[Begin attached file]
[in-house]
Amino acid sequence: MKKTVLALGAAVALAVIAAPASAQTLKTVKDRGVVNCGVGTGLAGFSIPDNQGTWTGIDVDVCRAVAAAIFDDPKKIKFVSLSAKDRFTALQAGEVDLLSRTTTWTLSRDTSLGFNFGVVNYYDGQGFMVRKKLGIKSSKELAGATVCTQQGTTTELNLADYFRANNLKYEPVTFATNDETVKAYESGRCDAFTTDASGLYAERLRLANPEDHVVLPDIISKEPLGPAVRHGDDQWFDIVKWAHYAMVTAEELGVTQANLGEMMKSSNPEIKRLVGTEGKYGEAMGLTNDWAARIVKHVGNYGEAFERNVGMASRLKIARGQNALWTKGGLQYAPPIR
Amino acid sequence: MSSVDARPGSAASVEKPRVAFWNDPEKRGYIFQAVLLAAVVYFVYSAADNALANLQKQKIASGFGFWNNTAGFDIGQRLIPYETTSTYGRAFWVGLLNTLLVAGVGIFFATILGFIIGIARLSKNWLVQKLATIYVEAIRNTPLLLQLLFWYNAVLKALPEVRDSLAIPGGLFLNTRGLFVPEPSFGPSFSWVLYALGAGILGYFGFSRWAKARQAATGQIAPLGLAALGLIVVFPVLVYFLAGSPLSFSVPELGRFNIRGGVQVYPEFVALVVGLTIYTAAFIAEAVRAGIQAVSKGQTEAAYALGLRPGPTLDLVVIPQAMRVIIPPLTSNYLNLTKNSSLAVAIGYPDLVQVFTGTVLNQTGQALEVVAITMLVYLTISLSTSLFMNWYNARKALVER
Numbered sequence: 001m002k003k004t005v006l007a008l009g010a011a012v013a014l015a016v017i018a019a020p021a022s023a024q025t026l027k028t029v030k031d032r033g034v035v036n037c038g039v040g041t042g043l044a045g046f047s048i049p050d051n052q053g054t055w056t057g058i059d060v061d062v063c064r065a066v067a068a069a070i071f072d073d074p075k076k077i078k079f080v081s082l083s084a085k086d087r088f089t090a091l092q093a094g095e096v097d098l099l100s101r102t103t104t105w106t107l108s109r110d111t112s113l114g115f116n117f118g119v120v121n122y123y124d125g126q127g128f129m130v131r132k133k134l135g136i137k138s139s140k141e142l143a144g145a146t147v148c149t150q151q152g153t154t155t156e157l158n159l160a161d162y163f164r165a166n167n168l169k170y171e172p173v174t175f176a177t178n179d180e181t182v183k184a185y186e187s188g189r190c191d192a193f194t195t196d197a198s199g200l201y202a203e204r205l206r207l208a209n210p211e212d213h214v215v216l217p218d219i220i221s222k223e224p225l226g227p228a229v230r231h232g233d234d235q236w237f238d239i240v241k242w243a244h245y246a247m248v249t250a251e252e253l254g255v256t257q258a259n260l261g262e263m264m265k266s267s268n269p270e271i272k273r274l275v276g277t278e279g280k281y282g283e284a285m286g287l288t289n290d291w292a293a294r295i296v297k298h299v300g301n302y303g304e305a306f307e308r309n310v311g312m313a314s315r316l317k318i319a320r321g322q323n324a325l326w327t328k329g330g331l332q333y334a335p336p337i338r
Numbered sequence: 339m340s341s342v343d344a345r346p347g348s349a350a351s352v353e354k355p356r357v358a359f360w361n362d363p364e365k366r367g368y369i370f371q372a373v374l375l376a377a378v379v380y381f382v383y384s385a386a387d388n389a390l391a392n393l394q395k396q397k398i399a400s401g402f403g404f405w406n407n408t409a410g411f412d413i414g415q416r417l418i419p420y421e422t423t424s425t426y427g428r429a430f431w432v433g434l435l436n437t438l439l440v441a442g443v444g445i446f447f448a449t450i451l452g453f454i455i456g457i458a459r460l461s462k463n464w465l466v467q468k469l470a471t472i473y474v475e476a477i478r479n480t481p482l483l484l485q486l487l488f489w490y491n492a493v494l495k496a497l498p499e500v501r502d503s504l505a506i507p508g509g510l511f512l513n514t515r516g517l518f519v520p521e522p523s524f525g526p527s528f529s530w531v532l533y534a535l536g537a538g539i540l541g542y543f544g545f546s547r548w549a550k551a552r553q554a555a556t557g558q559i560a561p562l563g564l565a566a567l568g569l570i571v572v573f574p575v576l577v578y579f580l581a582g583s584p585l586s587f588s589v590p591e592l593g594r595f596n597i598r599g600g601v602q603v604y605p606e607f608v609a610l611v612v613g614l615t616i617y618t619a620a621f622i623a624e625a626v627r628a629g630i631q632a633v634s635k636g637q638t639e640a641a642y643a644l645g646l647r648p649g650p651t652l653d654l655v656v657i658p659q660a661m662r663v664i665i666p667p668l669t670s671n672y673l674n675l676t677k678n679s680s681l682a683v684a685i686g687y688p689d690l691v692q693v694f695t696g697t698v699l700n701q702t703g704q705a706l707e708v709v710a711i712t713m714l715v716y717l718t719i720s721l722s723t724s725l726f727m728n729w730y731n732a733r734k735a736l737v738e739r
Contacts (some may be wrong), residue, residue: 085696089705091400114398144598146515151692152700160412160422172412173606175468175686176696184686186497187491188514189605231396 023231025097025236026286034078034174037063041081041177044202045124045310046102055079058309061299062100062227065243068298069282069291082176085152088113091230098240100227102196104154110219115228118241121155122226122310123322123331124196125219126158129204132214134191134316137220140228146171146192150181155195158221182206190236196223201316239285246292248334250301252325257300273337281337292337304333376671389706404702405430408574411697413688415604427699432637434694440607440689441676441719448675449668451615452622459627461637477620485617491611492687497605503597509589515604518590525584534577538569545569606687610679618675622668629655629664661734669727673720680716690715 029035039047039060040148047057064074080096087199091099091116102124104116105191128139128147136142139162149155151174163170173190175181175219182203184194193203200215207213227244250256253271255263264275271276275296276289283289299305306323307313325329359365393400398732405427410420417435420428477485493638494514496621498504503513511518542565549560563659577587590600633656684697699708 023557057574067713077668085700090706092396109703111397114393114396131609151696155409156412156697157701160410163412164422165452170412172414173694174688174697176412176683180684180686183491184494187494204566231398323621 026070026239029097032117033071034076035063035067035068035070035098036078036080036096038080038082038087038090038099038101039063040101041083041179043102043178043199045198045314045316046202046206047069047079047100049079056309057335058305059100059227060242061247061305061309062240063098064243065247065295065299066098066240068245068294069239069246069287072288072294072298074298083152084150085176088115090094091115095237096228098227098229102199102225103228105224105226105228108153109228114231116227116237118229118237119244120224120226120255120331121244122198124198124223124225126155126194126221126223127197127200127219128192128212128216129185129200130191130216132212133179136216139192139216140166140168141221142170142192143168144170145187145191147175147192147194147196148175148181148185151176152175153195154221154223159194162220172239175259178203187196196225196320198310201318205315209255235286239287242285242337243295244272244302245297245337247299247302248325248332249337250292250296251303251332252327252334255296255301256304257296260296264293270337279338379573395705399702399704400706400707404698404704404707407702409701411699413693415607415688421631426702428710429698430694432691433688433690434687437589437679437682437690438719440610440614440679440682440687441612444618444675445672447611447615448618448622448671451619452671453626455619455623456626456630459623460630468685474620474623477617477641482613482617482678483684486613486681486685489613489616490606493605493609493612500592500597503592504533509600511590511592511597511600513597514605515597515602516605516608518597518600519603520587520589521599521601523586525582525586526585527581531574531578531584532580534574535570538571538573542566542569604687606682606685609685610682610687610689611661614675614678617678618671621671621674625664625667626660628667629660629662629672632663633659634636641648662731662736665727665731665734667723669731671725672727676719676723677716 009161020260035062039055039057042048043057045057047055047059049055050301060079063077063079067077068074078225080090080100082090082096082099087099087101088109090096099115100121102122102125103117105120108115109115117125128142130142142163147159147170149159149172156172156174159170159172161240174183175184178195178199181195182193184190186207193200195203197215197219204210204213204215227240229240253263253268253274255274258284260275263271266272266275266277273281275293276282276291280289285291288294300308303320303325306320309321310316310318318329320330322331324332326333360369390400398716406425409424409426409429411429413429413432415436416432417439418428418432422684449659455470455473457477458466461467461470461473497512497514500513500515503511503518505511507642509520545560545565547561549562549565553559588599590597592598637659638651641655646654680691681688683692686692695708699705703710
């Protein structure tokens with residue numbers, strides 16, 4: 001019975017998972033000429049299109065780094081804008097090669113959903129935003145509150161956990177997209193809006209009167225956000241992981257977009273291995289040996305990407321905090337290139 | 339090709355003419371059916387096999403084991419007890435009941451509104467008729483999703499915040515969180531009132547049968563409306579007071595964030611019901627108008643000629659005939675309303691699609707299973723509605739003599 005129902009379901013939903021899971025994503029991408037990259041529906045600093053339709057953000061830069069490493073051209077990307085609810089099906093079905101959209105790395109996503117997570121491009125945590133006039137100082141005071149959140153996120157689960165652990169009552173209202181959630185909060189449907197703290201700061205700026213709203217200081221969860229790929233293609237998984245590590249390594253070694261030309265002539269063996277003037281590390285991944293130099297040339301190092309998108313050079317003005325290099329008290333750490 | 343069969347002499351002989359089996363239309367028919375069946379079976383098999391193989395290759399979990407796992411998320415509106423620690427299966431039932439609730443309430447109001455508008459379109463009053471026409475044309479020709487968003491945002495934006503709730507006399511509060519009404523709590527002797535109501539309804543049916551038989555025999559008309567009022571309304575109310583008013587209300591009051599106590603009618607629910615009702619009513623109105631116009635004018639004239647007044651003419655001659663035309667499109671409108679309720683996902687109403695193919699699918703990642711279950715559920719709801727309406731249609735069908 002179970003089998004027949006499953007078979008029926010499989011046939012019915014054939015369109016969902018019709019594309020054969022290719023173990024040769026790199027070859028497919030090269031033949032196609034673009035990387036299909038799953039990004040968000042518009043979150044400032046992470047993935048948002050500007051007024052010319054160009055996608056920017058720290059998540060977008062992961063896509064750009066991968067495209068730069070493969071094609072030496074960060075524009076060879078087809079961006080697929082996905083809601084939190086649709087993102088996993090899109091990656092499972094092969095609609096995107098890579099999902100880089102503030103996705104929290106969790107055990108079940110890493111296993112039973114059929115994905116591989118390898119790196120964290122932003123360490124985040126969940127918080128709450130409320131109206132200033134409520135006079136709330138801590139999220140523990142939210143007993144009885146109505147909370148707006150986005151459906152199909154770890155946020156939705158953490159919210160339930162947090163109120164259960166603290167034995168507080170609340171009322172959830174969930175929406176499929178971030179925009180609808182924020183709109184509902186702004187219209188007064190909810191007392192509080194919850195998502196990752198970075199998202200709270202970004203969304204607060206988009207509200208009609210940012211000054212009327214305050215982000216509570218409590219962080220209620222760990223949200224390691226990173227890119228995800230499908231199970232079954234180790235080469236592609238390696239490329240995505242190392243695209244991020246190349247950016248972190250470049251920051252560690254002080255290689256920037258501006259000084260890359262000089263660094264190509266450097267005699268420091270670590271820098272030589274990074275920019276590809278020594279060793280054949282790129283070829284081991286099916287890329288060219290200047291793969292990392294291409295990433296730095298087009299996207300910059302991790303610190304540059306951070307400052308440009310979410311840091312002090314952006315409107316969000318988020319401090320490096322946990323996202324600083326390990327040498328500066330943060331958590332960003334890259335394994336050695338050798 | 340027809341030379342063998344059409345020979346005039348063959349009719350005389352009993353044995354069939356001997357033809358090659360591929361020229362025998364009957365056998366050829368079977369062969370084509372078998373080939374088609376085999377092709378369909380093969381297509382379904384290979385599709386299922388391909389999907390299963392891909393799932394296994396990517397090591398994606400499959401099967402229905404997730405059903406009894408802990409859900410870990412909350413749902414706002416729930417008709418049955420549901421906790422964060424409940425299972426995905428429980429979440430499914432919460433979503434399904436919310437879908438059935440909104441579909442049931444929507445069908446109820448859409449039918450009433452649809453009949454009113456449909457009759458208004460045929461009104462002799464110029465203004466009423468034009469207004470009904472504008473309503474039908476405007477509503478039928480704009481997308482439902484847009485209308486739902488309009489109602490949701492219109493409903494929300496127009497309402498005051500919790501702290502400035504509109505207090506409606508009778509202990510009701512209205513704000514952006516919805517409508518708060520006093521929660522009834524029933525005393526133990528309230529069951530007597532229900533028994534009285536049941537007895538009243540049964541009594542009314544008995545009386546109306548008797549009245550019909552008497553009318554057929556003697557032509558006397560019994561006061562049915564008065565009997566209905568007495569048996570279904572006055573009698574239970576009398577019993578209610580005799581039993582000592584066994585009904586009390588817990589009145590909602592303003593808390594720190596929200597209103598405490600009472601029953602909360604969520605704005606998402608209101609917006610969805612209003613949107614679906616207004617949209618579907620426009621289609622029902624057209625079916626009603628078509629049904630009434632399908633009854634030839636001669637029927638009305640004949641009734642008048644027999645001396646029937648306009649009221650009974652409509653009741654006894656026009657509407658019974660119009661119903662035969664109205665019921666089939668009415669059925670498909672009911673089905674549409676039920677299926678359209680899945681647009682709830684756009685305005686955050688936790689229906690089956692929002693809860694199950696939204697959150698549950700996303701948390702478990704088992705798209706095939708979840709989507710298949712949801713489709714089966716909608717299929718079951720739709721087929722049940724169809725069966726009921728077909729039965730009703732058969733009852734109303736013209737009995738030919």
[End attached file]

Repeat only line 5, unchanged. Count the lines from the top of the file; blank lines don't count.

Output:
Numbered sequence: 339m340s341s342v343d344a345r346p347g348s349a350a351s352v353e354k355p356r357v358a359f360w361n362d363p364e365k366r367g368y369i370f371q372a373v374l375l376a377a378v379v380y381f382v383y384s385a386a387d388n389a390l391a392n393l394q395k396q397k398i399a400s401g402f403g404f405w406n407n408t409a410g411f412d413i414g415q416r417l418i419p420y421e422t423t424s425t426y427g428r429a430f431w432v433g434l435l436n437t438l439l440v441a442g443v444g445i446f447f448a449t450i451l452g453f454i455i456g457i458a459r460l461s462k463n464w465l466v467q468k469l470a471t472i473y474v475e476a477i478r479n480t481p482l483l484l485q486l487l488f489w490y491n492a493v494l495k496a497l498p499e500v501r502d503s504l505a506i507p508g509g510l511f512l513n514t515r516g517l518f519v520p521e522p523s524f525g526p527s528f529s530w531v532l533y534a535l536g537a538g539i540l541g542y543f544g545f546s547r548w549a550k551a552r553q554a555a556t557g558q559i560a561p562l563g564l565a566a567l568g569l570i571v572v573f574p575v576l577v578y579f580l581a582g583s584p585l586s587f588s589v590p591e592l593g594r595f596n597i598r599g600g601v602q603v604y605p606e607f608v609a610l611v612v613g614l615t616i617y618t619a620a621f622i623a624e625a626v627r628a629g630i631q632a633v634s635k636g637q638t639e640a641a642y643a644l645g646l647r648p649g650p651t652l653d654l655v656v657i658p659q660a661m662r663v664i665i666p667p668l669t670s671n672y673l674n675l676t677k678n679s680s681l682a683v684a685i686g687y688p689d690l691v692q693v694f695t696g697t698v699l700n701q702t703g704q705a706l707e708v709v710a711i712t713m714l715v716y717l718t719i720s721l722s723t724s725l726f727m728n729w730y731n732a733r734k735a736l737v738e739r